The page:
Simulations

Four criteria for advancing the active treatment through to phase III testing were explored using simulation. Criterion (a) is that lesion volumes in the active treatment group should be significantly lower than those on placebo at level α=0.4 (2-sided) according to a Mann–Whitney test. Criterion (b) is that mRSs in the active treatment group should be significantly lower than those on placebo at level α=0.4 (2-sided) according to a Mann-Whitney test. Criterion (c) is that criterion (a) is satisfied and there is “a trend” (no matter how small) toward reduction of mRSs. Criterion (d) is the same as criterion (c), but with α set at 0.48. The choice of these values of α is justified in the Discussion. For simulations under the null hypothesis, the lesion volume for each patient was generated according to the distribution found from the VISTA data, regardless of whether the patient was on active treatment or placebo. Under the alternative hypothesis, lesion volume data for placebo patients were generated as described, whereas lesion volumes for active treatment patients followed the distribution derived assuming the given odds ratio ψL. Under both hypotheses, the mRS outcome of a patient was generated from the lesion volume already determined, from the cross-tabulation of lesion volumes and mRSs. For each scenario 100 000 simulations were run.

Results

Establishing the Relation Between Lesion Volume and mRS

Of the 301 patients extracted from the VISTA database, 178 were female and 123 male. The age distribution was as follows: 34 younger than 50; 47 in their 50s; 93 in their 60s; 117 between 70 and 84; and 10 age >85. None of the patients received rt-PA. The cross-tabulation of lesion volume and mRS at 90 days for these 301 patients is presented in Table 1, and a graphic representation of the relation is given in the Figure. The Spearman correlation coefficient for this table is 0.586, which is significant with P<0.0001 (2-sided). (This is consistent with values of 0.5411 and 0.6112 reported elsewhere for correlations between lesion volumes and NIHSS scores.) The first row of Table 2 presents the percentages of placebo patients in each of the 7 lesion volume categories and is taken from the final column of Table 1. The second row shows the percentages for active treatment consistent with a proportional odds model with odds ratio ψL=1.7070 (a value that will be justified in due course).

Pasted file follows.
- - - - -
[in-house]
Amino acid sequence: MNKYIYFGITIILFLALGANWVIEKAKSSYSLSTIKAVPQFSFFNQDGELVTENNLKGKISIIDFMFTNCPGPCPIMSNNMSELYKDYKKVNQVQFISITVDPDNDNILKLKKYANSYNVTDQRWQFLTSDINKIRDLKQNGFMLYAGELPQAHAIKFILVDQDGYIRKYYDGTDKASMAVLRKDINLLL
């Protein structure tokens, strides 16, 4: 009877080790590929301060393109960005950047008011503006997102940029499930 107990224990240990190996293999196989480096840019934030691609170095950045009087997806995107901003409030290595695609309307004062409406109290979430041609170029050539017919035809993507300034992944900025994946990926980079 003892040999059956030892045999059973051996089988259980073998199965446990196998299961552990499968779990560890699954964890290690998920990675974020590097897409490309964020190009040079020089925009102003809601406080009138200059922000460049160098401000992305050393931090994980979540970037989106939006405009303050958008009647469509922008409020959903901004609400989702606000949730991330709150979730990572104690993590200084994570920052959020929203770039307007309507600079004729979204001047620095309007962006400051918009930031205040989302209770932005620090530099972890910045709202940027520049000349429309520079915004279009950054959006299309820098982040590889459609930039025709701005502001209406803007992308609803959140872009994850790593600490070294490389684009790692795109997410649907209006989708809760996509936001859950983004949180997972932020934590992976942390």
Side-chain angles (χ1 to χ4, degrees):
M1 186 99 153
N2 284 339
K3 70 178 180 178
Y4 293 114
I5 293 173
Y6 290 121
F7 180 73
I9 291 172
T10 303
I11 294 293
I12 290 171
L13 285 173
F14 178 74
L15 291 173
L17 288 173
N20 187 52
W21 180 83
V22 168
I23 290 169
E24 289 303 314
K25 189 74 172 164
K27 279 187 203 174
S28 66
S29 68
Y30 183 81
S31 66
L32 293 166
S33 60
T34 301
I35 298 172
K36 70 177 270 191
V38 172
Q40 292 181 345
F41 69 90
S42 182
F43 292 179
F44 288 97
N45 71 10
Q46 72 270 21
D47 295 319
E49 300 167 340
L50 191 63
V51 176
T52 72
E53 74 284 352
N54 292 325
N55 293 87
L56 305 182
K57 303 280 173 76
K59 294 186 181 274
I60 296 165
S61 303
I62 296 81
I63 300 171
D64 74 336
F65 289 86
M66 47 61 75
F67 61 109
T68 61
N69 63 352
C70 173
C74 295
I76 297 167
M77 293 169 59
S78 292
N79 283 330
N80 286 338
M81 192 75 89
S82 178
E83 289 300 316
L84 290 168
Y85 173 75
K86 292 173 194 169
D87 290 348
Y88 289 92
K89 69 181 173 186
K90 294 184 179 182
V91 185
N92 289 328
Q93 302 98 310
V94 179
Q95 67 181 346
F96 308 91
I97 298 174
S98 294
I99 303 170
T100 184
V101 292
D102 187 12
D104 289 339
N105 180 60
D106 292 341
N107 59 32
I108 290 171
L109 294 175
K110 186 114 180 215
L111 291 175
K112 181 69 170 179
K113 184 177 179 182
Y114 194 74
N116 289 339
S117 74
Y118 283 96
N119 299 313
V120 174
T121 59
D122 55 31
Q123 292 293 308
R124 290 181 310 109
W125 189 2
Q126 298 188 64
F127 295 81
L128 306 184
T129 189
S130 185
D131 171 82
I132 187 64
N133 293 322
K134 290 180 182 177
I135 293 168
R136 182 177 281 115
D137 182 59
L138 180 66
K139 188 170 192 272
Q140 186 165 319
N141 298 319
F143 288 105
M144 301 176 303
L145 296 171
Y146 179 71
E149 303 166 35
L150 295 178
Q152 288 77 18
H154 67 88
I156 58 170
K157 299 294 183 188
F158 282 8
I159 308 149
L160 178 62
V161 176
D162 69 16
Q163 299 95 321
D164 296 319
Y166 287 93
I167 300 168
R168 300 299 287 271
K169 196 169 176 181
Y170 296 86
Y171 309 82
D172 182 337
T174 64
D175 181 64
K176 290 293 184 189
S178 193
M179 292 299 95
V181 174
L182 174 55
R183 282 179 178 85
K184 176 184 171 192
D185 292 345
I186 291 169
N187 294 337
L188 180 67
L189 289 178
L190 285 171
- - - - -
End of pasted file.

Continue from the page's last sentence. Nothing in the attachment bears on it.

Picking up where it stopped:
Figure. Diagrammatic representation of the relation between lesion volume (cm3) and mRS, both assessed at 90 days in 301 placebo patients.

Table 2. Tabulations of Observed Lesion Volumes (cm3) at 90 Days for Placebo and Corresponding Constructed Values for Active Treatment Under the Proportional Odds Model With Odds Ratio=1.7070

TreatmentLesion Volume, cm3
≤55–2525–5050–7575–100100–125>125
Table entries represent the percentage of patients in each category, by treatment.
placebo27.2423.9211.305.656.655.6519.60
active39.0025.149.824.515.014.0312.50

Table 1 is used to find what distribution of mRSs would be anticipated for an agent having the effect on lesion volume shown in Table 2. The percentage of patients on active drug expected to lie in mRS category 0 is found by reading down column 1 of Table 1 and is taken to be 28.05% of those with a lesion volume ≤5, 11.11% of those with a lesion volume between 5 and 25, 5.88% of those with a lesion volume between 25 and 50, and so on, to give 0.2724×28.05+0.2392×11.11+0.1130×5.88+0.0565×0+0.0665×0+0.0565×0+0.1960×0=10.96% expected to lie in mRS category 0. The proportions with the different lesion volumes are taken from the second row of Table 2, so that 0.3900×28+0.2514×11+0.0982×6+0.0451×0+0.0501×0+0.0403×0+0.1250×0=14.31% of patients on active drug are expected to have an mRS of 0. Proceeding in this way, the distributions for placebo and active drug shown in Table 3 are found. The effect illustrated in Table 3 is not an exact proportional odds model. It can be approximated by such a model in which the odds ratio for mRS is ψM=1.3389.

Table 3. Tabulations of Observed mRSs at 90 Days for Placebo and Corresponding Constructed Values for Active Treatment Corresponding to an Effect on Lesion Volume With Odds Ratio ψL=1.7070

TreatmentmRS at 90 Days
0123456 (Death)
Table entries represent the percentage of patients in each category, by treatment.
Placebo10.9616.2811.9614.6218.946.9820.27
Active14.3119.0613.1914.3417.105.9316.07

Quantifying Treatment Effect